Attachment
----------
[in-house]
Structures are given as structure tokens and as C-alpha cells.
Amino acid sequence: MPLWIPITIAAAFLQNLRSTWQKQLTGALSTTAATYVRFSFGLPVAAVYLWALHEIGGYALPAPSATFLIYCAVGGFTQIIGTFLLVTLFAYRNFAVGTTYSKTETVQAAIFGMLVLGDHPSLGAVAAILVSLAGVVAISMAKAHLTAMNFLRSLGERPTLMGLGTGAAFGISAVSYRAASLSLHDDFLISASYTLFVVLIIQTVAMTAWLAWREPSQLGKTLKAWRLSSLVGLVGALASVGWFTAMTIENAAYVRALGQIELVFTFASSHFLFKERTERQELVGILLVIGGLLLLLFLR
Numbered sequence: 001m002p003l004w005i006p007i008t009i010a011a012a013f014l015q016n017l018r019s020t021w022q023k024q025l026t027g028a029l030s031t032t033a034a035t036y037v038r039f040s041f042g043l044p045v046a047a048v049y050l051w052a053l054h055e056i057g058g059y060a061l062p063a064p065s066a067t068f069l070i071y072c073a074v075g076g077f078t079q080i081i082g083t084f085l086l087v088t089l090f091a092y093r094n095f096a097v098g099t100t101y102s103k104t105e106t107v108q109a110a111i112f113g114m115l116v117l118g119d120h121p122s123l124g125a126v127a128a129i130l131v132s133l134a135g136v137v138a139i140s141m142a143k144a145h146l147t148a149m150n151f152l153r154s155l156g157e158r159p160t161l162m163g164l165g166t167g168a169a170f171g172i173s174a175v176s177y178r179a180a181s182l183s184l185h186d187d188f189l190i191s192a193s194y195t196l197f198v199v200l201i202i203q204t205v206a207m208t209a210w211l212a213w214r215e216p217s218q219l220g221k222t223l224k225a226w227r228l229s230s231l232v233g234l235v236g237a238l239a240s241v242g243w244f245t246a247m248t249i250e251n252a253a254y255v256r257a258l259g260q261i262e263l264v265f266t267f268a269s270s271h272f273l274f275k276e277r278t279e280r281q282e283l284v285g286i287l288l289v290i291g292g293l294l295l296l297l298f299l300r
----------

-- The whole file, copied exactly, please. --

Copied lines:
[in-house]
Structures are given as structure tokens and as C-alpha cells.
Amino acid sequence: MPLWIPITIAAAFLQNLRSTWQKQLTGALSTTAATYVRFSFGLPVAAVYLWALHEIGGYALPAPSATFLIYCAVGGFTQIIGTFLLVTLFAYRNFAVGTTYSKTETVQAAIFGMLVLGDHPSLGAVAAILVSLAGVVAISMAKAHLTAMNFLRSLGERPTLMGLGTGAAFGISAVSYRAASLSLHDDFLISASYTLFVVLIIQTVAMTAWLAWREPSQLGKTLKAWRLSSLVGLVGALASVGWFTAMTIENAAYVRALGQIELVFTFASSHFLFKERTERQELVGILLVIGGLLLLLFLR
Numbered sequence: 001m002p003l004w005i006p007i008t009i010a011a012a013f014l015q016n017l018r019s020t021w022q023k024q025l026t027g028a029l030s031t032t033a034a035t036y037v038r039f040s041f042g043l044p045v046a047a048v049y050l051w052a053l054h055e056i057g058g059y060a061l062p063a064p065s066a067t068f069l070i071y072c073a074v075g076g077f078t079q080i081i082g083t084f085l086l087v088t089l090f091a092y093r094n095f096a097v098g099t100t101y102s103k104t105e106t107v108q109a110a111i112f113g114m115l116v117l118g119d120h121p122s123l124g125a126v127a128a129i130l131v132s133l134a135g136v137v138a139i140s141m142a143k144a145h146l147t148a149m150n151f152l153r154s155l156g157e158r159p160t161l162m163g164l165g166t167g168a169a170f171g172i173s174a175v176s177y178r179a180a181s182l183s184l185h186d187d188f189l190i191s192a193s194y195t196l197f198v199v200l201i202i203q204t205v206a207m208t209a210w211l212a213w214r215e216p217s218q219l220g221k222t223l224k225a226w227r228l229s230s231l232v233g234l235v236g237a238l239a240s241v242g243w244f245t246a247m248t249i250e251n252a253a254y255v256r257a258l259g260q261i262e263l264v265f266t267f268a269s270s271h272f273l274f275k276e277r278t279e280r281q282e283l284v285g286i287l288l289v290i291g292g293l294l295l296l297l298f299l300r